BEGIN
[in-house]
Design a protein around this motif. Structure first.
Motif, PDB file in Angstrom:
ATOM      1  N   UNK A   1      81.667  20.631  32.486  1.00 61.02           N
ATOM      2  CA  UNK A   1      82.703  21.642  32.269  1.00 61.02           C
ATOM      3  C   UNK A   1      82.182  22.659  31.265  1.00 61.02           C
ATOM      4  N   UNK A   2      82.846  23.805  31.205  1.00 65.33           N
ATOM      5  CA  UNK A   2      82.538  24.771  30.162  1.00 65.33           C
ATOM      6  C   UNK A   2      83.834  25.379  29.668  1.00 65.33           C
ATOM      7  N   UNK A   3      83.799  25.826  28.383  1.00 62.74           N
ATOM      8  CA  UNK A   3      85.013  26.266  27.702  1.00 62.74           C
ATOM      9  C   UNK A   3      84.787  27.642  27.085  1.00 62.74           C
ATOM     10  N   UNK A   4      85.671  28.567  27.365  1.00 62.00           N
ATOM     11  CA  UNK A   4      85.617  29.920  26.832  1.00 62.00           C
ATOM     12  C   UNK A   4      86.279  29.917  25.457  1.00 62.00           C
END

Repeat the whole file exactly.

[in-house]
Design a protein around this motif. Structure first.
Motif, PDB file in Angstrom:
ATOM      1  N   UNK A   1      81.667  20.631  32.486  1.00 61.02           N
ATOM      2  CA  UNK A   1      82.703  21.642  32.269  1.00 61.02           C
ATOM      3  C   UNK A   1      82.182  22.659  31.265  1.00 61.02           C
ATOM      4  N   UNK A   2      82.846  23.805  31.205  1.00 65.33           N
ATOM      5  CA  UNK A   2      82.538  24.771  30.162  1.00 65.33           C
ATOM      6  C   UNK A   2      83.834  25.379  29.668  1.00 65.33           C
ATOM      7  N   UNK A   3      83.799  25.826  28.383  1.00 62.74           N
ATOM      8  CA  UNK A   3      85.013  26.266  27.702  1.00 62.74           C
ATOM      9  C   UNK A   3      84.787  27.642  27.085  1.00 62.74           C
ATOM     10  N   UNK A   4      85.671  28.567  27.365  1.00 62.00           N
ATOM     11  CA  UNK A   4      85.617  29.920  26.832  1.00 62.00           C
ATOM     12  C   UNK A   4      86.279  29.917  25.457  1.00 62.00           C